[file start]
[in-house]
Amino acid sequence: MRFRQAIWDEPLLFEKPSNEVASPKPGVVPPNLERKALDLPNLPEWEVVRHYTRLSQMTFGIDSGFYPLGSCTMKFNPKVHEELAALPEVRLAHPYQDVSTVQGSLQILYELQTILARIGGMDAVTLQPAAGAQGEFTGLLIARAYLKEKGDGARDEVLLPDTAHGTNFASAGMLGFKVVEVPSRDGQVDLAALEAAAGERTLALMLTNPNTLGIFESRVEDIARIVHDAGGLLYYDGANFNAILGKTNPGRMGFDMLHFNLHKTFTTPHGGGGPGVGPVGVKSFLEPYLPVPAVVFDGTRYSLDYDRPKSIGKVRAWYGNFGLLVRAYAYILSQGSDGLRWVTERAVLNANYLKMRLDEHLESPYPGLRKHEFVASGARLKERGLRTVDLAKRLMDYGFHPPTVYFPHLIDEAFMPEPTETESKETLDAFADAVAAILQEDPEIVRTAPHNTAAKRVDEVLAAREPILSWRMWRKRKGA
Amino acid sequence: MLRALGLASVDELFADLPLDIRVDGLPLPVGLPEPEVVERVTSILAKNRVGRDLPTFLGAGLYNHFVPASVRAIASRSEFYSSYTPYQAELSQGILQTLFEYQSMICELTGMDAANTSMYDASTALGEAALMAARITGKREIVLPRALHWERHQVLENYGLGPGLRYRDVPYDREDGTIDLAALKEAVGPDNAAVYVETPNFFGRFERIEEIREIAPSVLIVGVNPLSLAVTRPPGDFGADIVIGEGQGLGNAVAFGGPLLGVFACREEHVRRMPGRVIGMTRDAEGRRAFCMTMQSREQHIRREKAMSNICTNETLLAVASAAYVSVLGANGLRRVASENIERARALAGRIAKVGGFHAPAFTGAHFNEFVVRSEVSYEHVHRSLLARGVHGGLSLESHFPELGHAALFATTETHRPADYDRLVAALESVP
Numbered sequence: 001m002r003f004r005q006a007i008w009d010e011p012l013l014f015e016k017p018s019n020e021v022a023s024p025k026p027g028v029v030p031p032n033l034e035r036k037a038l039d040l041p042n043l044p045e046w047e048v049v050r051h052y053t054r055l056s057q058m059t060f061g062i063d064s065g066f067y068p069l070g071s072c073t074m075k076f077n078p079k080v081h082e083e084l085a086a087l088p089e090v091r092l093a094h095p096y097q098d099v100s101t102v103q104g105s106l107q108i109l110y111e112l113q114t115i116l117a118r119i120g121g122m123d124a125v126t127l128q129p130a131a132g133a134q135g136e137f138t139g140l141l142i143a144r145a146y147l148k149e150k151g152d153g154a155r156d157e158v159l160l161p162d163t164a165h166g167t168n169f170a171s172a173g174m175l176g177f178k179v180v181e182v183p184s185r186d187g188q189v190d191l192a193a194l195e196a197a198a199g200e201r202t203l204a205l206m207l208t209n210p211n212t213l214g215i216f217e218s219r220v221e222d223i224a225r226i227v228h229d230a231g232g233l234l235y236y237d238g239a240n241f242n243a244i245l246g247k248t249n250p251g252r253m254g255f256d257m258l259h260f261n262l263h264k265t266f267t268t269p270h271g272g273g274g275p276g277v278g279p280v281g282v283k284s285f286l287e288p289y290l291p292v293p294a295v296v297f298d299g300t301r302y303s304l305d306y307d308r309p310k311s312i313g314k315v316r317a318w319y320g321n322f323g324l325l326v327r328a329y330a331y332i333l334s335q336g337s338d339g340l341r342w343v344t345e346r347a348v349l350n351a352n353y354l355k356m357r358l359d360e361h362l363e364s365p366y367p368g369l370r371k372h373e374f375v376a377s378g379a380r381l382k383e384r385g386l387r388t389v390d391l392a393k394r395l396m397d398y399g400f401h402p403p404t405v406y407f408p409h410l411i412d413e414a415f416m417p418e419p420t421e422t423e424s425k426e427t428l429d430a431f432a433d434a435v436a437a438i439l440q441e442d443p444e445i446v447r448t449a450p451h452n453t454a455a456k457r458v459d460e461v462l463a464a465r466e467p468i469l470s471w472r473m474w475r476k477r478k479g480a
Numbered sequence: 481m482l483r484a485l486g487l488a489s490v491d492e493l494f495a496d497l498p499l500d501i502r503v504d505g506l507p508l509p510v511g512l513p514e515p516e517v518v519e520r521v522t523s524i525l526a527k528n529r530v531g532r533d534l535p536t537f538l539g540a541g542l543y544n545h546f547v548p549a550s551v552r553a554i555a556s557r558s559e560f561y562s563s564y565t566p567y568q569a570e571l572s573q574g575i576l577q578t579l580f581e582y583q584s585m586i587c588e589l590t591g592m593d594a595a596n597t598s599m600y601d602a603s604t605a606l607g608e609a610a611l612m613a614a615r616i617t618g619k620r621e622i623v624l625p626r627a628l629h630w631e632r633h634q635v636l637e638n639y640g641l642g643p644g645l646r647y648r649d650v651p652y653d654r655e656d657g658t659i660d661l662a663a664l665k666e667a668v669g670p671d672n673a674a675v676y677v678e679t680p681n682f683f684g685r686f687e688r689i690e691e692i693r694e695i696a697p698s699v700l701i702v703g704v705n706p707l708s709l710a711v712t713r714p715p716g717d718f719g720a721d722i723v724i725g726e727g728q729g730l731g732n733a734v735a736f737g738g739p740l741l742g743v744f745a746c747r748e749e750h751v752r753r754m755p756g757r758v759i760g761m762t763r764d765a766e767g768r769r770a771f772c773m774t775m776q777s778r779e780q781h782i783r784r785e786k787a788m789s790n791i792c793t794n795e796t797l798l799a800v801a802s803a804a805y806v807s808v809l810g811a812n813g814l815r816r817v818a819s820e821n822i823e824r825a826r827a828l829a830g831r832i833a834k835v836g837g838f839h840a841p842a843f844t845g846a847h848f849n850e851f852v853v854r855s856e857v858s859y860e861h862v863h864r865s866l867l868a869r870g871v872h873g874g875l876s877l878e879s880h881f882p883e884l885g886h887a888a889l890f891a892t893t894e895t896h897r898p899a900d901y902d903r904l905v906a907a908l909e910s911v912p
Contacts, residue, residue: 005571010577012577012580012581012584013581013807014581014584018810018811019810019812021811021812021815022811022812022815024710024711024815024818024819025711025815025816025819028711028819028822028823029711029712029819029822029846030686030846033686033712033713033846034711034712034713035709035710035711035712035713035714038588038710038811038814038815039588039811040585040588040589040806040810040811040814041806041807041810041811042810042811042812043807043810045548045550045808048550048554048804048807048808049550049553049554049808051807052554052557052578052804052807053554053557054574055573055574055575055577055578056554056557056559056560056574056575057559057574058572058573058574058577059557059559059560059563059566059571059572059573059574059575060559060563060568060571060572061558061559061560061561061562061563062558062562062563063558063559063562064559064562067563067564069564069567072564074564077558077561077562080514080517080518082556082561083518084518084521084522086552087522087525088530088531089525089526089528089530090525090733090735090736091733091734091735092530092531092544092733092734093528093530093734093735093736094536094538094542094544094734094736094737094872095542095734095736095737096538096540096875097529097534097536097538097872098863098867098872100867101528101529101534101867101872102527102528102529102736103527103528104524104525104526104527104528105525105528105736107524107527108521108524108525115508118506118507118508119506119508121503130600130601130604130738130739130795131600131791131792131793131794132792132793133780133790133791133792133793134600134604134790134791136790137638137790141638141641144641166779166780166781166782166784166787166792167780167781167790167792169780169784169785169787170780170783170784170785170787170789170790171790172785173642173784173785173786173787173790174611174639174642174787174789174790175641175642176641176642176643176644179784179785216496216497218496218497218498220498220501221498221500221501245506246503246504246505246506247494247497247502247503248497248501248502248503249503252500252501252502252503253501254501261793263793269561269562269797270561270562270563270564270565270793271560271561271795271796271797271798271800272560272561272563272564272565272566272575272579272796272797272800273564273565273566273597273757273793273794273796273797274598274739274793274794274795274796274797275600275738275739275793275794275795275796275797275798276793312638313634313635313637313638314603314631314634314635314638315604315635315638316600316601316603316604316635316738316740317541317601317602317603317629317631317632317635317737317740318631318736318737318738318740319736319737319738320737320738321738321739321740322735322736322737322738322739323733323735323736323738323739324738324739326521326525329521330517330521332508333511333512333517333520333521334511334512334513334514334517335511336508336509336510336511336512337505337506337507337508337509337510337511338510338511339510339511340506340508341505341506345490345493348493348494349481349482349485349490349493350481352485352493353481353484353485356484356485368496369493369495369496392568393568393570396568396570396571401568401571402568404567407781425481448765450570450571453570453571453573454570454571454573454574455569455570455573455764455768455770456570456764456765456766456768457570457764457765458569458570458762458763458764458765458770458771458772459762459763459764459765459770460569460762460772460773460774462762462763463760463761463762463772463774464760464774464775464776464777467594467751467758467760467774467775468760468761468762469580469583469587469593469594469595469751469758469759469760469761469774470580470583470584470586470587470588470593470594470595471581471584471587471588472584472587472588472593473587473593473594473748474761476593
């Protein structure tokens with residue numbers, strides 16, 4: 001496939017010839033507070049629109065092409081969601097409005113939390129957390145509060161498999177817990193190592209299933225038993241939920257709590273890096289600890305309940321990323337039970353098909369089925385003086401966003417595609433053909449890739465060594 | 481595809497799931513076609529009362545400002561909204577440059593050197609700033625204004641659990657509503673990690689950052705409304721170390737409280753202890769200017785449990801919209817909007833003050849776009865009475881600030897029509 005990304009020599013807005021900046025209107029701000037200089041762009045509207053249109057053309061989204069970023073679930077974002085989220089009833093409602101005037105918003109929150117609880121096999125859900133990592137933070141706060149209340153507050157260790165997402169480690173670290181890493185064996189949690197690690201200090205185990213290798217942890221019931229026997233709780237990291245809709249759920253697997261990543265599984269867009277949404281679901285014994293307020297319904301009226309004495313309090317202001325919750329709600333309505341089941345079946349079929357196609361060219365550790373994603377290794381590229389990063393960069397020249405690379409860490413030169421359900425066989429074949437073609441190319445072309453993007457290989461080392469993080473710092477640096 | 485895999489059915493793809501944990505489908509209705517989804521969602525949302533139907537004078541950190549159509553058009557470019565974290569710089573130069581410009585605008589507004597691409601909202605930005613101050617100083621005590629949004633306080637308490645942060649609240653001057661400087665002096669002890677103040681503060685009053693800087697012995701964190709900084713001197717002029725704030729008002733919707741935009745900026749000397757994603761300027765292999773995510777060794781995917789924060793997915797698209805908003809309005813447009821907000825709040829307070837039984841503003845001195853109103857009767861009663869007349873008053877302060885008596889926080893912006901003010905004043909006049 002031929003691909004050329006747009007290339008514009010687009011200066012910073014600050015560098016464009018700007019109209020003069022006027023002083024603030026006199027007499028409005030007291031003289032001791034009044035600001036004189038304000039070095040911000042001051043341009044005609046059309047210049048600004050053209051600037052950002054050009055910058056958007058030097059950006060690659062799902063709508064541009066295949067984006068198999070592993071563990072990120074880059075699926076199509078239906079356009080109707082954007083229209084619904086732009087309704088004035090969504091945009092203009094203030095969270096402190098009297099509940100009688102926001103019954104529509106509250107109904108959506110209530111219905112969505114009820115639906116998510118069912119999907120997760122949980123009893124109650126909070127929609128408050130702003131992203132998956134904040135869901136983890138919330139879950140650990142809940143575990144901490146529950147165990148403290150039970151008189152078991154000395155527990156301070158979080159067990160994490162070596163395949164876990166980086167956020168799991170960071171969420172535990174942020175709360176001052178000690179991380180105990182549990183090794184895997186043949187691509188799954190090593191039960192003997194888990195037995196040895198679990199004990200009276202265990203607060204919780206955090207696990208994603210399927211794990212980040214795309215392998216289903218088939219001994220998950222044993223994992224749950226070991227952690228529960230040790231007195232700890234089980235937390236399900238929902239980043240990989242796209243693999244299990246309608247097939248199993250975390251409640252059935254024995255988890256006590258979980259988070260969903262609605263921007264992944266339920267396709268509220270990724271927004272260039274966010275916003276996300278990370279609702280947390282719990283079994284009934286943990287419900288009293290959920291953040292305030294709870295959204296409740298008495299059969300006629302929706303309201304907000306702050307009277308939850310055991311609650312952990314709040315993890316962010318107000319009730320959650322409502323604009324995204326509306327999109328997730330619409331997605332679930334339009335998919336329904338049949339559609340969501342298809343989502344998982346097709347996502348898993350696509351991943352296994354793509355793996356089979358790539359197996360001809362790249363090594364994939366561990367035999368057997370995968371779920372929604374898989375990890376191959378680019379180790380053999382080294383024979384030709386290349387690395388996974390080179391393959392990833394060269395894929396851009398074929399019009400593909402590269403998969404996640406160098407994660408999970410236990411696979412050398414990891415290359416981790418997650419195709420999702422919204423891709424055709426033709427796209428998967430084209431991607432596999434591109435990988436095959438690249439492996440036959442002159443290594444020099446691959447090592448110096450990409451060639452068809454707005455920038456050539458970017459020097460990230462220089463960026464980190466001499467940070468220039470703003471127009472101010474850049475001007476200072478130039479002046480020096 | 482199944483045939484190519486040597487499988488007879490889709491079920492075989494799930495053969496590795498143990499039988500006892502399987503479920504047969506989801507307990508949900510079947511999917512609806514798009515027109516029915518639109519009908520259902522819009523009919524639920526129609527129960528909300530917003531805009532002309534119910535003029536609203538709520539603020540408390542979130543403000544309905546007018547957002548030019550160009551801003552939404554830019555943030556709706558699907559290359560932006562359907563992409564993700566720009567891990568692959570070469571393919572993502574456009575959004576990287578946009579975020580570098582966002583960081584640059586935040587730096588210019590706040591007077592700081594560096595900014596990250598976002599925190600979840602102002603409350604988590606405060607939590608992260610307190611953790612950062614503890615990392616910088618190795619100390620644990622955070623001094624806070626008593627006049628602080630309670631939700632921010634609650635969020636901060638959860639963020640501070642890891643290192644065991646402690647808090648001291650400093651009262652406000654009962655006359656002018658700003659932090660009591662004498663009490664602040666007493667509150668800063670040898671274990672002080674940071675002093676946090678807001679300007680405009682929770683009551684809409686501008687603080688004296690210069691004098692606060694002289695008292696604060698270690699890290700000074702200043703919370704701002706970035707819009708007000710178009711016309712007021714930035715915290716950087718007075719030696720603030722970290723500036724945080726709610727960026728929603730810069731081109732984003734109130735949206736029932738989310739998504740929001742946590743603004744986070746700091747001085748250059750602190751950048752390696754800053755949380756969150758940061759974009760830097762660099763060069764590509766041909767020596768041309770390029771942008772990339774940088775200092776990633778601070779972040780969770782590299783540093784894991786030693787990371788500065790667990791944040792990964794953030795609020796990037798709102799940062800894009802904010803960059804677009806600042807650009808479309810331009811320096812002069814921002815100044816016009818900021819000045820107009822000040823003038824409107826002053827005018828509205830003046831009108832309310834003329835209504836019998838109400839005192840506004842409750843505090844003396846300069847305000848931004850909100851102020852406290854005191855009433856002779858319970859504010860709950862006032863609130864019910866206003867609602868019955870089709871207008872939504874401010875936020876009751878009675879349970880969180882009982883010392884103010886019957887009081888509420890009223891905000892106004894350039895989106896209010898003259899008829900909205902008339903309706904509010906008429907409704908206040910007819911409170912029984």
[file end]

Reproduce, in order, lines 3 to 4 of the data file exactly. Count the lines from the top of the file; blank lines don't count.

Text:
Amino acid sequence: MLRALGLASVDELFADLPLDIRVDGLPLPVGLPEPEVVERVTSILAKNRVGRDLPTFLGAGLYNHFVPASVRAIASRSEFYSSYTPYQAELSQGILQTLFEYQSMICELTGMDAANTSMYDASTALGEAALMAARITGKREIVLPRALHWERHQVLENYGLGPGLRYRDVPYDREDGTIDLAALKEAVGPDNAAVYVETPNFFGRFERIEEIREIAPSVLIVGVNPLSLAVTRPPGDFGADIVIGEGQGLGNAVAFGGPLLGVFACREEHVRRMPGRVIGMTRDAEGRRAFCMTMQSREQHIRREKAMSNICTNETLLAVASAAYVSVLGANGLRRVASENIERARALAGRIAKVGGFHAPAFTGAHFNEFVVRSEVSYEHVHRSLLARGVHGGLSLESHFPELGHAALFATTETHRPADYDRLVAALESVP
Numbered sequence: 001m002r003f004r005q006a007i008w009d010e011p012l013l014f015e016k017p018s019n020e021v022a023s024p025k026p027g028v029v030p031p032n033l034e035r036k037a038l039d040l041p042n043l044p045e046w047e048v049v050r051h052y053t054r055l056s057q058m059t060f061g062i063d064s065g066f067y068p069l070g071s072c073t074m075k076f077n078p079k080v081h082e083e084l085a086a087l088p089e090v091r092l093a094h095p096y097q098d099v100s101t102v103q104g105s106l107q108i109l110y111e112l113q114t115i116l117a118r119i120g121g122m123d124a125v126t127l128q129p130a131a132g133a134q135g136e137f138t139g140l141l142i143a144r145a146y147l148k149e150k151g152d153g154a155r156d157e158v159l160l161p162d163t164a165h166g167t168n169f170a171s172a173g174m175l176g177f178k179v180v181e182v183p184s185r186d187g188q189v190d191l192a193a194l195e196a197a198a199g200e201r202t203l204a205l206m207l208t209n210p211n212t213l214g215i216f217e218s219r220v221e222d223i224a225r226i227v228h229d230a231g232g233l234l235y236y237d238g239a240n241f242n243a244i245l246g247k248t249n250p251g252r253m254g255f256d257m258l259h260f261n262l263h264k265t266f267t268t269p270h271g272g273g274g275p276g277v278g279p280v281g282v283k284s285f286l287e288p289y290l291p292v293p294a295v296v297f298d299g300t301r302y303s304l305d306y307d308r309p310k311s312i313g314k315v316r317a318w319y320g321n322f323g324l325l326v327r328a329y330a331y332i333l334s335q336g337s338d339g340l341r342w343v344t345e346r347a348v349l350n351a352n353y354l355k356m357r358l359d360e361h362l363e364s365p366y367p368g369l370r371k372h373e374f375v376a377s378g379a380r381l382k383e384r385g386l387r388t389v390d391l392a393k394r395l396m397d398y399g400f401h402p403p404t405v406y407f408p409h410l411i412d413e414a415f416m417p418e419p420t421e422t423e424s425k426e427t428l429d430a431f432a433d434a435v436a437a438i439l440q441e442d443p444e445i446v447r448t449a450p451h452n453t454a455a456k457r458v459d460e461v462l463a464a465r466e467p468i469l470s471w472r473m474w475r476k477r478k479g480a